Hayim Leiter
Rabbi, mohel, misader kiddushin, beit din member

One of the greats

Photo: Facebook

I don’t have a “sport.” I’ve never been a diehard fan of any of the mainstream pastimes. I never painted my body or screamed obscenities at a referee. I barely even watch the Super Bowl commercials. But that’s not to say I’m not athletic. Since my youth, I’ve participated in alternative hobbies. I skateboarded, snowboarded, and even wake boarded for a time. But the only endeavor that stuck is surfing. Thirty years after I stood up on my first wave, I still find time to get in the water regularly.

As much as I love it, my relationship with the sport is complicated. I’m not your average surfer. There are a good number of rabbis who surf, but as far as I know, I’m the only mohel in the lineup. A religious disposition is not the norm, even in the Jewish State. And to make matters worse, outside of our homeland, the war has made tensions even higher.

These issues did not begin in October. A few years ago Mukua Kai Rothman was touted as riding the largest wave to date. The headline in the Jewish press read, “Hawaiin-Jewish Surfer May Have Ridden Largest Wave of All Time.” Due to the convergence of my two worlds, I was pretty excited. I shared the article in every Facebook surfing group I belonged to. The reaction was shocking. “What does it matter if he’s Jewish? We’re just people!” “Take this religious crap out of here!” were just some of the comments. 

For certain people, these reactions might have been a red flag, but I pressed on. After the war broke out, I shared an image of a surfer walking out of the water dragging his board and waving an Israeli flag. The responses were similar to the previous time. “Why would you post that here?? You’re just trying to be provocative!” they said.

But not all the comments were negative. There are some Jewish people and non-Jewish allies in these groups who showed their support. This positive feedback has given me motivation to continue “poking the bear,” if you will. And such was the case with my latest post.

I couldn’t believe what I was reading. Shaun Tomson, the South African 1977 World Champion, was coming to Israel. But it wasn’t just that — he was coming because he had a renewed connection to his Jewish identity since Oct 7. Professional surfers rarely visit this region and, if they do, it’s the lesser-known types, coming to do a story for a magazine. Don’t get me wrong, those visits are also exciting, but this was something different. 

Tomson, who grew up secular/semi-observant, wrote on social media, “I am no longer Jewish, I’m a Jew. I am a proud Jew who stands against the hatred of antisemitism. I hope you will join in the existential struggle against evil.” The event he was publicizing was to be held in Tel Aviv, just after Shabbat – I wasn’t going to miss it.

But I had to share his post in the surfing groups. As I wrote on my own feed, I couldn’t have been prouder of Tomson on every level. If you thought the pushback was bad on the other posts, it was nothing compared to this one. “A truly pathetic and divisive attempt to equate the serenity, beauty, and spiritual essence of surfing and surfers with the murderous, hateful, psychopathic, bloodthirsty Zionism and Zionists. Take cover, a backlash is building against Zionists that will unfortunately, include many genuine peace-loving Jews,” one of the comments read.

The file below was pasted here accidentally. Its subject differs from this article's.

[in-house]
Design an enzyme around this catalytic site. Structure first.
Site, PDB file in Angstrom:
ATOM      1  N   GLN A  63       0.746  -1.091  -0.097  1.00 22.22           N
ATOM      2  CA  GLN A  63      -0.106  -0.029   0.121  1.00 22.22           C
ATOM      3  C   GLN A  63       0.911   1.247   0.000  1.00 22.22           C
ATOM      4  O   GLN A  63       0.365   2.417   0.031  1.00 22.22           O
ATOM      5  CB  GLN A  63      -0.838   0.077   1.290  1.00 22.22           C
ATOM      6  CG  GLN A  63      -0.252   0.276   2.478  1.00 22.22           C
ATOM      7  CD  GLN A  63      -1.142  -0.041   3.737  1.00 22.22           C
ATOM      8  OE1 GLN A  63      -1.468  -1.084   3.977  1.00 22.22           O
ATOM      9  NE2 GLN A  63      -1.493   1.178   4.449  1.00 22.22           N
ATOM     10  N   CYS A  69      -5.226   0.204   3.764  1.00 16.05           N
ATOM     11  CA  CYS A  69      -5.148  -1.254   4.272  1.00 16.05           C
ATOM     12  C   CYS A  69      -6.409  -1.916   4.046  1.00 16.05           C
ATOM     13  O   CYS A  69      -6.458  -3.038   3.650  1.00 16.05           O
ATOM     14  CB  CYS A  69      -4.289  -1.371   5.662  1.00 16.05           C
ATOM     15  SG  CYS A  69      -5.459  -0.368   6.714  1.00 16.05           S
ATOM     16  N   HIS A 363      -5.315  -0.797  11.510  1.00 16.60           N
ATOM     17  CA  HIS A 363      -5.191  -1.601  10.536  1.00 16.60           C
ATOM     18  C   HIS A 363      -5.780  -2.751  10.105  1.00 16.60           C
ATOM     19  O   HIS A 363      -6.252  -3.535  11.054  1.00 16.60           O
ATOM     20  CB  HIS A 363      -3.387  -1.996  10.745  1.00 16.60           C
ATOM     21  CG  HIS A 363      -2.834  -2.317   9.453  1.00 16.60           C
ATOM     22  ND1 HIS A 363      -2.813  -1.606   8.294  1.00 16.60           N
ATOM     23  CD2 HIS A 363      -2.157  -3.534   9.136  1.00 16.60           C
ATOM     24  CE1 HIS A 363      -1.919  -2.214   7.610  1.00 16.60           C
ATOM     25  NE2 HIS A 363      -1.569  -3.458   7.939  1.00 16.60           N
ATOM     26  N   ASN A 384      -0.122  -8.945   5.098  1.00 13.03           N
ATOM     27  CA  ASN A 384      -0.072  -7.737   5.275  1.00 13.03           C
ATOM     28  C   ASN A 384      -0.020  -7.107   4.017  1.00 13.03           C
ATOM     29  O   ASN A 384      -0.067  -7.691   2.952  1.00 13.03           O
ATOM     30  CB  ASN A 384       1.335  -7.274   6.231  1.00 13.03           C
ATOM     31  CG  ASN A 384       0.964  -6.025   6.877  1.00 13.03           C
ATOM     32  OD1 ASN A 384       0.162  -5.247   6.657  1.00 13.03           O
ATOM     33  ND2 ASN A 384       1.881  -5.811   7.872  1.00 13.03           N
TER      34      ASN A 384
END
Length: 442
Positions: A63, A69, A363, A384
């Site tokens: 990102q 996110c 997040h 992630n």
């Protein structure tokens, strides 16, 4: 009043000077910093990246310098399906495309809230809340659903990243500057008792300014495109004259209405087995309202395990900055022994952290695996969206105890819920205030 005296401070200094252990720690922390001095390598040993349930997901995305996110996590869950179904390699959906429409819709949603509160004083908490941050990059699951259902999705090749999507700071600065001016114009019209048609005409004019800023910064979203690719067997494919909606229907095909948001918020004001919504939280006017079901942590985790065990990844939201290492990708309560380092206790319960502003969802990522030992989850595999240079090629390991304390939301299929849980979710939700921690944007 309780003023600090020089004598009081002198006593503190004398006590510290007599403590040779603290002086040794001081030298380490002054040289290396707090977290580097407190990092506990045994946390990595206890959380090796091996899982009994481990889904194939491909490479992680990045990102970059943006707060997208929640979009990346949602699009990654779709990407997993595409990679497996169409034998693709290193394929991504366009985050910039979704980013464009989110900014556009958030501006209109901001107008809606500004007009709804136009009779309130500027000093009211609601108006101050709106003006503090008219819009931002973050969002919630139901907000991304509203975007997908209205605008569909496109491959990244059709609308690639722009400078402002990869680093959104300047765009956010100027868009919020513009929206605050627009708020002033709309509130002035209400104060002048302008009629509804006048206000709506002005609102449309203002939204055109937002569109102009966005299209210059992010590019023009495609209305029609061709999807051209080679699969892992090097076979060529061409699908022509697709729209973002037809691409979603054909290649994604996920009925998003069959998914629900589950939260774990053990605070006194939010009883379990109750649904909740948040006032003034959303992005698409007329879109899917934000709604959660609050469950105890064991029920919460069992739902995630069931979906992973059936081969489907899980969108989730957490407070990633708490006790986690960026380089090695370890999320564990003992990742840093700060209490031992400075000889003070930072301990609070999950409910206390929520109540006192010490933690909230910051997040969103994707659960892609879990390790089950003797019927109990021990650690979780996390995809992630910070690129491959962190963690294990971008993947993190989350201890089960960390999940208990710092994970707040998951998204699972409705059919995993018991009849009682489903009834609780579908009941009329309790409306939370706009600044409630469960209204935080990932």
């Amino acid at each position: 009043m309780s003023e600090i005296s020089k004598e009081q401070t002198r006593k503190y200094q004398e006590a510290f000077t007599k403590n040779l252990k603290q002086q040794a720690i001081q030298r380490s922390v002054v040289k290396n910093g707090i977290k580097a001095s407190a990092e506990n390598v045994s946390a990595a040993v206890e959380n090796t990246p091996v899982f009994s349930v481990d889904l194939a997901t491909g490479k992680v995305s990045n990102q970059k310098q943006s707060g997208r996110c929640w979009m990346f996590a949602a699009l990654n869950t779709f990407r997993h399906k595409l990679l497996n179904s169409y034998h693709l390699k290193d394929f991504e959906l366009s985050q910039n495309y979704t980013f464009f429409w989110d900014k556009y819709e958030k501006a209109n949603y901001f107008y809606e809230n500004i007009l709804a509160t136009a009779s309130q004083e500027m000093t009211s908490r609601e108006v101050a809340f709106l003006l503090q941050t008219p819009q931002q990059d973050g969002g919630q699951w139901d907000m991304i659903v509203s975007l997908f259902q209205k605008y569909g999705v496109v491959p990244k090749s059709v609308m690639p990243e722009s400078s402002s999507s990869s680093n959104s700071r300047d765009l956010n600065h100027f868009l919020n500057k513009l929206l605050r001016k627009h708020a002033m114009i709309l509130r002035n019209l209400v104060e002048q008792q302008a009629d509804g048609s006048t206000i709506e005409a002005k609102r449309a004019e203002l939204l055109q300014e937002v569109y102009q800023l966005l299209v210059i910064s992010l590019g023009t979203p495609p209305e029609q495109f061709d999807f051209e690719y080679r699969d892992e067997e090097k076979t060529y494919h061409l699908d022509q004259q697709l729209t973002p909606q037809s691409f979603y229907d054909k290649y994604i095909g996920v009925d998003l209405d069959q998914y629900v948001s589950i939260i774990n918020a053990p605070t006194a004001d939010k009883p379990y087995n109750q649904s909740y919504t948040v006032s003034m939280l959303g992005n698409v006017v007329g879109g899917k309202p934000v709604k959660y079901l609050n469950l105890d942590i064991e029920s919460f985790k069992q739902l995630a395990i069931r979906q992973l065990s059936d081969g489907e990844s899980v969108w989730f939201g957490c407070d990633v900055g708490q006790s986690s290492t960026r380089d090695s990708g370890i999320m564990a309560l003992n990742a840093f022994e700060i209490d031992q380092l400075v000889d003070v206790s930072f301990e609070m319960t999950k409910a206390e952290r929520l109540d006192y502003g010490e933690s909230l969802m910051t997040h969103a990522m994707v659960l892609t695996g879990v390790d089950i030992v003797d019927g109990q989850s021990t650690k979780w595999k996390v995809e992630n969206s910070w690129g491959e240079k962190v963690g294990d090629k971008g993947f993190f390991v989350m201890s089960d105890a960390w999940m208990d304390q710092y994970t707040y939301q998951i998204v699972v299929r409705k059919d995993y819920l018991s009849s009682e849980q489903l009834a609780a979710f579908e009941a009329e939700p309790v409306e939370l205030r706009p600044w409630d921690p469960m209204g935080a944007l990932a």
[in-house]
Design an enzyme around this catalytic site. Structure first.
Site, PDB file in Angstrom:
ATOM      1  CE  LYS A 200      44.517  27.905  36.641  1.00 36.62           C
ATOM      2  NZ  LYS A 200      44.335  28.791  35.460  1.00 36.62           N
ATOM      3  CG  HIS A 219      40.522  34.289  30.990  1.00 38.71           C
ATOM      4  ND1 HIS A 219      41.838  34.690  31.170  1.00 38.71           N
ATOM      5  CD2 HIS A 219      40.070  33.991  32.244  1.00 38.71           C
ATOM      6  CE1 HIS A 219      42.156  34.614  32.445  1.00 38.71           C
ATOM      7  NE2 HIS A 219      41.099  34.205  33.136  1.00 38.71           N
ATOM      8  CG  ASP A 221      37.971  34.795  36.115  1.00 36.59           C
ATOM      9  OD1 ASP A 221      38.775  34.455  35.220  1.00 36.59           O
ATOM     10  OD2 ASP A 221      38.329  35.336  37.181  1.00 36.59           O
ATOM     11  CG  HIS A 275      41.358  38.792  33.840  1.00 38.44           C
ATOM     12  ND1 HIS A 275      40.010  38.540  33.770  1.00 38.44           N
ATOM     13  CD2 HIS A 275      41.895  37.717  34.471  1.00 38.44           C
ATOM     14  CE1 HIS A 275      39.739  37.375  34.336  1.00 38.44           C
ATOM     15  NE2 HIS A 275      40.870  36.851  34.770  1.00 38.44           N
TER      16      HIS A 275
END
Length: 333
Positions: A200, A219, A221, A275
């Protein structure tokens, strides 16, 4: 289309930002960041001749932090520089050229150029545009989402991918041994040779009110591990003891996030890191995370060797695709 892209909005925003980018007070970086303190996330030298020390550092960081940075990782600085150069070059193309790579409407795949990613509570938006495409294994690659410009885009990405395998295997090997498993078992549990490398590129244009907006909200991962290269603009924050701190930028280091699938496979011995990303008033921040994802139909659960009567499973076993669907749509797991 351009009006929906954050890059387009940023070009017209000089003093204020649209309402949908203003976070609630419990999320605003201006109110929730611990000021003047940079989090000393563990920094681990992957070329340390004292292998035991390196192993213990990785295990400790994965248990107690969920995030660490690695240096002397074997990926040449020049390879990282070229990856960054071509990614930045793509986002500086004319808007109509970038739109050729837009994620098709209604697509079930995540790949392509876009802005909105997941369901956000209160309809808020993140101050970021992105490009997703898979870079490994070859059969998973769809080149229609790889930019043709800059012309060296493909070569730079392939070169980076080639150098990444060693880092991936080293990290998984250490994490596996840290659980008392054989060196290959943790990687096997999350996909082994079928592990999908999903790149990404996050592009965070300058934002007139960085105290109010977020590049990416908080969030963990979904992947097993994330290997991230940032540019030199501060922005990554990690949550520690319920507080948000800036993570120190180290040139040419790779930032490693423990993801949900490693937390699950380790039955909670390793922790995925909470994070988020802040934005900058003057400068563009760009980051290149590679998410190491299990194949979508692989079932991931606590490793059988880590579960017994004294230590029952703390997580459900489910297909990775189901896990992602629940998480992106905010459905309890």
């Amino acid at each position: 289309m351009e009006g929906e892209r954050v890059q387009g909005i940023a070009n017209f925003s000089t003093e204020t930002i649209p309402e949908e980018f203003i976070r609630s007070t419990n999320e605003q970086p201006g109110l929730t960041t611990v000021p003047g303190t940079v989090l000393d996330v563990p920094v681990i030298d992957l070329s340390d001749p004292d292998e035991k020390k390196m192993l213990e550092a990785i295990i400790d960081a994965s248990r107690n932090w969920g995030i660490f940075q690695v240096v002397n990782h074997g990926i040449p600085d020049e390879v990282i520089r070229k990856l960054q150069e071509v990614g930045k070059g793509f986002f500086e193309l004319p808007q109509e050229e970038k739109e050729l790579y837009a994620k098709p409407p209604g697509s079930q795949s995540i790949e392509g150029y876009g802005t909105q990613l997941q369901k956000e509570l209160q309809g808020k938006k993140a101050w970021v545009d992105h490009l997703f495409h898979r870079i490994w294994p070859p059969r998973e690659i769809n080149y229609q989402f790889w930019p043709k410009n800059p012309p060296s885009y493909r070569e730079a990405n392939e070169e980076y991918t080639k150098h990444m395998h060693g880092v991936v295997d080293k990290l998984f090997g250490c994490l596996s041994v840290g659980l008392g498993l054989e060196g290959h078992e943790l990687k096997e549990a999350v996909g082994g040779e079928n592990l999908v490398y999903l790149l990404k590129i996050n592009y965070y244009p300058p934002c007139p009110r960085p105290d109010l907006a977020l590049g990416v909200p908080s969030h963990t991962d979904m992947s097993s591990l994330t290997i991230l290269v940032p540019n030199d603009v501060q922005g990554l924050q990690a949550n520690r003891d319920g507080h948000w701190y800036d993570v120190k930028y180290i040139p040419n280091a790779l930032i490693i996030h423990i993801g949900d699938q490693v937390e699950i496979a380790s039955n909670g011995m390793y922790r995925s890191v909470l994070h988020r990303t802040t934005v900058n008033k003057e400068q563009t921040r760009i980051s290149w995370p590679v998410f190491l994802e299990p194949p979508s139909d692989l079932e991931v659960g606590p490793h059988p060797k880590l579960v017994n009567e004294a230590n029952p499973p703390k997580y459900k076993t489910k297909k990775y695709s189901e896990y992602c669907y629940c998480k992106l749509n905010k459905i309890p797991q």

There isn’t enough time to completely unpack this statement, or any of the others that appeared, along with all the hate they encompass. But it demonstrates how much disgust there is for Jews and Israel in the online surf community. And that’s why I’m so impressed with Shaun Tomson. He chose to stand with his people despite the potential personal loss he could suffer.

The minute Shabbat ended, my son and I sped off to Tel Aviv to attend the event. We were an hour late and the sound system in the packed room was abysmal. From what I could discern, Tomson’s motivational speech was a moving message to all in attendance. He came to give us hope. All of his many failed attempts at contests and massive waves taught him to always get back on the board and paddle back out. 

When the event concluded, we waited with all of the other fans to have our picture taken with him. Just like other public figures, Tomson has a stock smile for each shot. There’s no doubt it comes from years of practice. But just before our turn, a woman spoke to him in broken English saying, “I’m from the Gaza Envelope, from a town next to Be’eri.” Tomson’s smile vanished and his eyes filled with empathy. “You’re lucky to be alive,” he said, holding her shoulder. 

When our turn arrived, I thanked him for all he’s been doing for the Jewish people. We shook hands and headed on our way. With pictures in tow and smiles on our faces, we began the hour-long drive home. Sure, we spent twice as much time in the car as we did at the event, but we got to meet a legend. 

Through the years, Shaun Tomson has always been a consummate gentleman. But this trip to Israel showed his true colors. He, unlike so many others, can see the difference between good and evil and he’s doing his part for the Jewish people and the whole of the free world. It made me feel proud to be a surfer and a Jew.

About the Author
Rav Hayim Leiter is a rabbi, mohel, wedding officiant, and member of a private Beit Din in Israel. He founded Magen HaBrit, an organization committed to protecting both our sacred ceremony of Brit Milah and the children who undergo it. He made Aliyah in 2009 and lives in Efrat with his wife and four children.
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